Monday, September 28, 2009

Surprise! Human morality is based on our innate morality and not on religion. Religion is not the rock. Our innate morality is.

5th of october 2009
Read article Marc Hauser's 'Morality without religion'. It contains more details on the empirical "evidence" that religious believers and atheists and agnostics share the same moral faculty. All human beings share the same moral faculty that guides our intuitive judgments on right and wrong. Our own nature, our own human moral faculty is the source of our species morality. Religion is not necessary for judging what is right or wrong. We don't need God!
29th of september 2009
Do we need religion to behave good? Answer: NO we are born with a universal sense of right and wrong. Our inborn moral sense is the rock of all our human behaviour. The rock on which religions are built on. Shocking - to me it is? Who says so? Well ... it's not something I invented or dreamed last night. It's "proven" by serious (still ongoing) science by Marc Hauser. Do you want to participate? Fill in The Moral Sense Test.
28th of september 2009

Translation quote from dutch into english (by JeanD99):
"Hauser' research [to the innate human morality] brings up lots of questions, and often outrage. "Yes, it's an issue everyone has an opinion on," he laughs. People in religious circles are generally not very happy with him. "I have shown that atheists have the same moral scores as deep believers" says Hauser. It seems undeniable that religion is based on our innate morality and that religion doesn't found our morality.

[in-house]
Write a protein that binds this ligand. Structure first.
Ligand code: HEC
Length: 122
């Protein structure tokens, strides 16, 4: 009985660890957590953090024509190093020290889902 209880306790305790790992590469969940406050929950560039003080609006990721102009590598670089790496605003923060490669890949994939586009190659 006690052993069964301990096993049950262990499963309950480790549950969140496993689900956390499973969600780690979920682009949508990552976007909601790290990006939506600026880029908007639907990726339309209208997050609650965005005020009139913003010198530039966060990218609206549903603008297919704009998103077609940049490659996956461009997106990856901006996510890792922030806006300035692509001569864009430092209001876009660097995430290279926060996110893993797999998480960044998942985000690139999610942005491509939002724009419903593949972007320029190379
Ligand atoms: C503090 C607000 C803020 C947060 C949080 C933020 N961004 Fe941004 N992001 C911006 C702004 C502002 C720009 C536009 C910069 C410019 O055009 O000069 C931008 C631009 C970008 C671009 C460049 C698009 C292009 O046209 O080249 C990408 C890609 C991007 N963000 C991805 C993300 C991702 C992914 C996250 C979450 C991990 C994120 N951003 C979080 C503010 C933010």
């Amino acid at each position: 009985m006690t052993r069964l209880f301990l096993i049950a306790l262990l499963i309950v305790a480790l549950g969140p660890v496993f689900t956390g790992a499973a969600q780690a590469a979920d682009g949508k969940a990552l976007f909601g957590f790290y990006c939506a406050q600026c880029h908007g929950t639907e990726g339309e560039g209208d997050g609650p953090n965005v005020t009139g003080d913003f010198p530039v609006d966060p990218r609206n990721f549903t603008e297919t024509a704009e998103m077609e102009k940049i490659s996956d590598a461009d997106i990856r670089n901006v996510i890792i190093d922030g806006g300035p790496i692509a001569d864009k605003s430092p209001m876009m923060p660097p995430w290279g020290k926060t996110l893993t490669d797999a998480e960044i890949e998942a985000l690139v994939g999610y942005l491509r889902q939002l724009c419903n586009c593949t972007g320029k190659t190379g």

It doesn't matter who they are, is Hauser' clear message. Even psychopaths have the same scores in the Moralitytest. That is very recent research. Hauser also shows that our intuitive moral judgments are not based on emotions. "From psychopaths we know that they hardly feel anything while doing terrible things. But they know what is right and wrong. Their scores don't diverge. ""
Original quote from Liesbeth Koenen in dutch. NRC Handelsblad, 26th of september 2009 in article 'De intuïtieve mensenmoraal'.
"Hausers onderzoek [naar de menselijke aangeboren moraal] roept wel meer vragen op, en ook nogal eens verontwaardiging. "Ja, het is een onderwerp waar echt iedereen iets van vindt", lacht hij. In gelovige kringen is men meestal niet erg blij met hem. "Ik heb laten zien dat atheïsten dezelfde morele scores hebben als diepgelovigen", zegt Hauser. Het lijkt hem daarom niet onaannemelijk dat onze aangeboren moraal als bodem onder religies dient, in plaats van dat het geloof die bodem aanbrengt.
Het maakt niet uit om wie het gaat, blijkt Hausers boodschap. Zelfs psychopaten vullen de Moralitytest niet anders in. Dat is heel recent onderzoek. Het laat volgens Hauser ook zien dat onze intuïtieve morele oordelen niet op emoties gebaseerd zijn. "Van psychopaten weten we dat ze bij allerlei vreselijke dingen heel weinig voelen. Maar ze weten wel wat goed en fout is. Hun scores wijken niet af.""

Tuesday, September 15, 2009

Knowledge of history benefits evolutionary fitness

Translation quote from dutch into english (by JeanD99): "Knowledge of and interest in history in general can certainly benefit evolutionary fitness. If you understand a little how the world works, and realize how you've become who you are, you clearly are slightly more fitted than those who don't."